Currently, the European banking system keeps 178 bio in reserves with the central bank. Although the central bank moved down the interest rate on deposits from -0.4% to 0.5%, the reality is that it allows banks to keep money at 0% up to six times the minimum reserve. It means that the European banking system may move between 300 and 500 bio into 0% yielding deposits, moving the money away from negative-yielding securities. Think of it: the new QE is only 20 bio per month (expected 30 bio) and the banks will be incentivized to sell core-European assets: Germany, France and Dutch Treasuries (See Graph 1).

It comes with no surprise that the Governor of the Bank of France joined Weidmann and Knot in opposing this decision. The Governing Council of the ECB seems to be more divided than ever.  However, Draghi said during the Conference Call that there was consensus and no vote. A common procedure for the ECB, when most of the Governors are united. But half of the economy of the Eurozone was apparently against it (See Graph 2).

A divided Council combined with the expected selling pressure on Govies had significant impacts on financial assets: Government yields went up, EUR was stronger, equity mixed and Financials positive in Spain, Portugal and Italy.

Graph 2: Governors from the Heartland of the Euro Opposed the Resumption of QE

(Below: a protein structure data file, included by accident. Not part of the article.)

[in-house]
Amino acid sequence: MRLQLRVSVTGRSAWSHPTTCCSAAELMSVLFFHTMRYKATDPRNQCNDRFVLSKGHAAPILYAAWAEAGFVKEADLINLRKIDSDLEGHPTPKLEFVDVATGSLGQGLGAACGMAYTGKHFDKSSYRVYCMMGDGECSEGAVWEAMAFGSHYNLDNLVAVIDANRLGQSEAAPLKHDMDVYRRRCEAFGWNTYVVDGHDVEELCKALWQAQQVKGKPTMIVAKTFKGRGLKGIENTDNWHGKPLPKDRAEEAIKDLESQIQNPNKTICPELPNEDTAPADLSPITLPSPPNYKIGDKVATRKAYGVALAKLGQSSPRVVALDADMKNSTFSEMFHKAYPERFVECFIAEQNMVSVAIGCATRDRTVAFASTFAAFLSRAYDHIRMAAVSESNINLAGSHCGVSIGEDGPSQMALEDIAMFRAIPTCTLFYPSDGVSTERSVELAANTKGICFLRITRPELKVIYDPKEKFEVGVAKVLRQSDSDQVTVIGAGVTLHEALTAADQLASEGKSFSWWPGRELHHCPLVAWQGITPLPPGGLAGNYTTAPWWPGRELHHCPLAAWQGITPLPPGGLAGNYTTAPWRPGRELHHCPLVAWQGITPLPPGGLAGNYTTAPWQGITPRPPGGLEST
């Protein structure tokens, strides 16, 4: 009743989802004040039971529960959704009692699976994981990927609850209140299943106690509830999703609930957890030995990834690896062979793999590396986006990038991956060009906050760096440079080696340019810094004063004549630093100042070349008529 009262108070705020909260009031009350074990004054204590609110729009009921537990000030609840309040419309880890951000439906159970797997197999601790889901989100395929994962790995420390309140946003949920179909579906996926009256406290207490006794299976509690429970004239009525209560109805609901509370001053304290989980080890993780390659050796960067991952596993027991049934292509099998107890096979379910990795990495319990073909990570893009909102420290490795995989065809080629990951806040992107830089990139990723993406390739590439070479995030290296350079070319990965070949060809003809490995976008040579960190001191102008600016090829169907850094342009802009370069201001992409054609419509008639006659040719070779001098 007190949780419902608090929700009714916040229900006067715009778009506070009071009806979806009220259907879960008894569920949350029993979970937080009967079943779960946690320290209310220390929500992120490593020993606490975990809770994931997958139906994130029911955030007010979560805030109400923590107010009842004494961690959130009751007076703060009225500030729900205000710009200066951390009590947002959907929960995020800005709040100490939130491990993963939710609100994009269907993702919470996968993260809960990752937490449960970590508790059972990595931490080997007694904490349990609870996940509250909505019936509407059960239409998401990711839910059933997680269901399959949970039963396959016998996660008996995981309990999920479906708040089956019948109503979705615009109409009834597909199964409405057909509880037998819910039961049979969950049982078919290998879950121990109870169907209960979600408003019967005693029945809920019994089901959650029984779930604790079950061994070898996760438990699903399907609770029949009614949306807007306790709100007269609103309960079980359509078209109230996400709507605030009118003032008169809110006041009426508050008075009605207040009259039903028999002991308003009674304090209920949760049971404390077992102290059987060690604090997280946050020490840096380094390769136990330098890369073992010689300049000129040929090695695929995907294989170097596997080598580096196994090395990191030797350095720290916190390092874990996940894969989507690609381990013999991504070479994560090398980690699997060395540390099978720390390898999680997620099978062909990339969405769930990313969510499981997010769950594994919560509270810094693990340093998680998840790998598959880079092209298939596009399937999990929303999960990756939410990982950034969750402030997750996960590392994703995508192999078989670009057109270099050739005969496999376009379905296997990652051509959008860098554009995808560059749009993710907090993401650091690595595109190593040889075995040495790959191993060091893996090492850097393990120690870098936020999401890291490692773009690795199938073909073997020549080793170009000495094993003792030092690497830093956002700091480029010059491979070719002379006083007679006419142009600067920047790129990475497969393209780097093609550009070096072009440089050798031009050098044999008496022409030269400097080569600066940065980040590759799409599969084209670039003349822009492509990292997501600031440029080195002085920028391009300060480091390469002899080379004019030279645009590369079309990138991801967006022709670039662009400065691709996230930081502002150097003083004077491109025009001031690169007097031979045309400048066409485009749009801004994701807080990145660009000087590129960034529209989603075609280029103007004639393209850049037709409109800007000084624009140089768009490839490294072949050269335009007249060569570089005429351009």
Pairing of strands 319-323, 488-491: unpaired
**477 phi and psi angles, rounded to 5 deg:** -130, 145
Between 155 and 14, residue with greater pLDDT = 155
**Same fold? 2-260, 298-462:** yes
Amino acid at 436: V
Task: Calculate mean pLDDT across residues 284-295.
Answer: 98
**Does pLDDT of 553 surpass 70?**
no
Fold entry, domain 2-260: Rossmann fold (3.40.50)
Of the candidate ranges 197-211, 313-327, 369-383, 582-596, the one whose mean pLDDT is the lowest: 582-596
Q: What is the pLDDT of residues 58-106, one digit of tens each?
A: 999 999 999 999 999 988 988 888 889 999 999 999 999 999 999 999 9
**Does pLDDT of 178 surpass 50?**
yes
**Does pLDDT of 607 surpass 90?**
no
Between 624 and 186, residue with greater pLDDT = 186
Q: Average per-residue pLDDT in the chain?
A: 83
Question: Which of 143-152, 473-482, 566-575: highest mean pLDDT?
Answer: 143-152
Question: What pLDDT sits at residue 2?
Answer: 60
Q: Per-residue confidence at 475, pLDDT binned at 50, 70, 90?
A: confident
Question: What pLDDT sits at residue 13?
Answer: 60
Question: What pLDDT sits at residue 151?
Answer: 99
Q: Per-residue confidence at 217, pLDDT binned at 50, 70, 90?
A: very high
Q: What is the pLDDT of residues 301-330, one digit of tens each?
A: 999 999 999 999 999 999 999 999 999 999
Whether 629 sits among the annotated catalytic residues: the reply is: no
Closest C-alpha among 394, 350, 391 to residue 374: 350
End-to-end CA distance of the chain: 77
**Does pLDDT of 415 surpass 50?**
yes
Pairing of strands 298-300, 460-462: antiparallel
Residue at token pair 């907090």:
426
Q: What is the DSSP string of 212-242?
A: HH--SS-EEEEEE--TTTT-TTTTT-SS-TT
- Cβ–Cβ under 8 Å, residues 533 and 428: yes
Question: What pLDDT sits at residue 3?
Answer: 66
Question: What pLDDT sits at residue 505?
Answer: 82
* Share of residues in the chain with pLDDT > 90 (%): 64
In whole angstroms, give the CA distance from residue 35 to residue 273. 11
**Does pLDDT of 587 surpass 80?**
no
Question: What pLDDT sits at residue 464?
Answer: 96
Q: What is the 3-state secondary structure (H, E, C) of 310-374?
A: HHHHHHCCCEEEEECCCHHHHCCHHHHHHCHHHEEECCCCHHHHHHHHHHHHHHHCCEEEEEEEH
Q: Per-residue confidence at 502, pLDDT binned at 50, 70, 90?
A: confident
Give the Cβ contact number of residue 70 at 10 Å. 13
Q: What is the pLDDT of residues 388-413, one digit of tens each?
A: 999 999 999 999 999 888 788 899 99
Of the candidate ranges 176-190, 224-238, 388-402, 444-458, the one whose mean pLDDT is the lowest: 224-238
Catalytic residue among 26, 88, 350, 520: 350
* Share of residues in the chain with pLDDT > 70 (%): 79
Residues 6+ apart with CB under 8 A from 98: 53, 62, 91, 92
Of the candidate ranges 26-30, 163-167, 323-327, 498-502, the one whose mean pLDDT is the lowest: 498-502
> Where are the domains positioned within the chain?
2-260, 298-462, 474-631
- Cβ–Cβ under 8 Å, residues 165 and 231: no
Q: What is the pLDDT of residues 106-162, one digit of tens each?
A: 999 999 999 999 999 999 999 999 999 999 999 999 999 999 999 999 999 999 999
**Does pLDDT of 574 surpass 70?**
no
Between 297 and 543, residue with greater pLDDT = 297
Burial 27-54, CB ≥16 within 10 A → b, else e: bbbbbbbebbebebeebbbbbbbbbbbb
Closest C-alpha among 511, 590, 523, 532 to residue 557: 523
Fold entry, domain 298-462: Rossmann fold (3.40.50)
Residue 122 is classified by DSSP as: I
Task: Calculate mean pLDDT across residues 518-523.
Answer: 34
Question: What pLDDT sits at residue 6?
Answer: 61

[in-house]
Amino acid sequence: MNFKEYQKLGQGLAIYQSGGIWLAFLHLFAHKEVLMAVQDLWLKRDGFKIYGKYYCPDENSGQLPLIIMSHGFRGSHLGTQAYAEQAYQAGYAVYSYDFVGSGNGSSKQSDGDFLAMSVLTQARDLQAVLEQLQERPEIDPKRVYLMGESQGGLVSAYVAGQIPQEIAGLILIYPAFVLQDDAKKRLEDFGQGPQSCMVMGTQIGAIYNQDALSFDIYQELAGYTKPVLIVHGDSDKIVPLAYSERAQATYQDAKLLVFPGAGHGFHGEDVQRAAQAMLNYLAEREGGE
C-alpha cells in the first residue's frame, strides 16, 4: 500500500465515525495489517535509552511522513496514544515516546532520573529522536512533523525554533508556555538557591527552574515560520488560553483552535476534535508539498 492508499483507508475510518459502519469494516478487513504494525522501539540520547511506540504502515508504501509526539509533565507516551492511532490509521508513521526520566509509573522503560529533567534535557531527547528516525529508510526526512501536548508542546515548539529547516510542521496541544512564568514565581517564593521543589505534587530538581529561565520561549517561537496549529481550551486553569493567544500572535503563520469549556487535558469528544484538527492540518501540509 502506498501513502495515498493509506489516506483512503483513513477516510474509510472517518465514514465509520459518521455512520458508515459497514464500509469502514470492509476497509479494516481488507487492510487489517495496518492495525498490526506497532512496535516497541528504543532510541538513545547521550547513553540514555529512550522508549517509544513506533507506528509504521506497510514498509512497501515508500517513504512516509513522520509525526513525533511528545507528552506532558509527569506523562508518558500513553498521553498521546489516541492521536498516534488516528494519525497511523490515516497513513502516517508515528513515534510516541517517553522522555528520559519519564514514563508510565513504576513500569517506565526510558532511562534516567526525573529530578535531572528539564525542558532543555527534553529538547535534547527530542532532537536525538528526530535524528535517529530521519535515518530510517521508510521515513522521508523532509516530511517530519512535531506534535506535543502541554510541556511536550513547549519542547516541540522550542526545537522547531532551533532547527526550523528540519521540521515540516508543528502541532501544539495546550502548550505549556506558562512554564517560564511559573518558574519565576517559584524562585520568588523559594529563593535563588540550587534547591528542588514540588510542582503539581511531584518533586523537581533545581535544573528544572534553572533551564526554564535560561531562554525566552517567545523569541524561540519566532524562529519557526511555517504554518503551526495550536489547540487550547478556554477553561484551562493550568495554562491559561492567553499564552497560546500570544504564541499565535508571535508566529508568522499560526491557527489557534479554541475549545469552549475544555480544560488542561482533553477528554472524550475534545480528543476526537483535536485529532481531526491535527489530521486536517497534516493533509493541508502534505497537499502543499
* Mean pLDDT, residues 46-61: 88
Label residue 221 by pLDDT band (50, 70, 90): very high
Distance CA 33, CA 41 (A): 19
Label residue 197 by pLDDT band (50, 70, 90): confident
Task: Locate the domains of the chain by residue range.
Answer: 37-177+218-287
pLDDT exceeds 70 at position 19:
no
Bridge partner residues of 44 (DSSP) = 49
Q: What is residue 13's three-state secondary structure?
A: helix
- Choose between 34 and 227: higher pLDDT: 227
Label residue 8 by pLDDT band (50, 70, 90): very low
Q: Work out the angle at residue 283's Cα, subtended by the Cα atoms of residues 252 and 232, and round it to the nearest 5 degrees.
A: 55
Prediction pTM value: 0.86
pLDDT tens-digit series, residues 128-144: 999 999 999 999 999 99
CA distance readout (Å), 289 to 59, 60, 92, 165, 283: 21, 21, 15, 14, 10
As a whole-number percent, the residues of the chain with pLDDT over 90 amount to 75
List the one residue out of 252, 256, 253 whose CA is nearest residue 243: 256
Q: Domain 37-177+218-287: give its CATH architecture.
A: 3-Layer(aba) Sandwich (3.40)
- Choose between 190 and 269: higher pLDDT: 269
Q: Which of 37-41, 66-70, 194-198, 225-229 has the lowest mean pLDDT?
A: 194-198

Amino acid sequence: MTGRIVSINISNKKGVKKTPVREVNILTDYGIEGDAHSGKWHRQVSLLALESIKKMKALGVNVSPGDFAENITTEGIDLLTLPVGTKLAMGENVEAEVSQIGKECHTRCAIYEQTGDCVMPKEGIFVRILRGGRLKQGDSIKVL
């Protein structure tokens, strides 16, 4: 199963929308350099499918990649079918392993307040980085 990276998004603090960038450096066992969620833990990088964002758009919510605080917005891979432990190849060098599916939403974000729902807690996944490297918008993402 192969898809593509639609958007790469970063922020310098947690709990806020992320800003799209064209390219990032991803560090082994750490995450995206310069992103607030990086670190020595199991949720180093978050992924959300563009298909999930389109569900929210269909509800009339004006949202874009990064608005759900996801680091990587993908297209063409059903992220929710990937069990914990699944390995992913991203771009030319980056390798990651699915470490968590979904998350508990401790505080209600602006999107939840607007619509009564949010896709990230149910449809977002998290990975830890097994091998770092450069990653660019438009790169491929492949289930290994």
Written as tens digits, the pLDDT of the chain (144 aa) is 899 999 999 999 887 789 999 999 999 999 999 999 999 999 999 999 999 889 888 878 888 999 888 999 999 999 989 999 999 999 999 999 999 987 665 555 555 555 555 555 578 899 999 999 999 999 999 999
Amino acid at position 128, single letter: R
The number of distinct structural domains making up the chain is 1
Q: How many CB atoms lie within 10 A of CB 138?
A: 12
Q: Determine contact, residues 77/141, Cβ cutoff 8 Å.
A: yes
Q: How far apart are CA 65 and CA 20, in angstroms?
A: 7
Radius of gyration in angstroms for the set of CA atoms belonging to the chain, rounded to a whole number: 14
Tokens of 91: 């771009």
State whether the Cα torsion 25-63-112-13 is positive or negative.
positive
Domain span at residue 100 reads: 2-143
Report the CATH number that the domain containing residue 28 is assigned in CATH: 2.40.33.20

Graph 2: Governors from the Heartland of the Euro Opposed the Resumption of QE

Regarding the Tearing System:

The Bank of Japan applies a tiering system since January 2016.

The Japanese version of pain relief involves breaking up banks’ deposits into three tiers — one with a positive rate, one at zero and one that is negative.

In Switzerland, the Swiss National Bank is using negative rates to prevent an appreciation of the Swiss Franc. It operates a two-level system, with amounts equal to 20 times a bank’s minimum reserves exempt from any charge. Above that level, an annualized rate of 0.75% is levied on the deposits held at the central bank.
The new European QE is just a placebo, it has very little substance. In reality, the banking system will do much less to support Government bonds. All in all, a zero-sum game.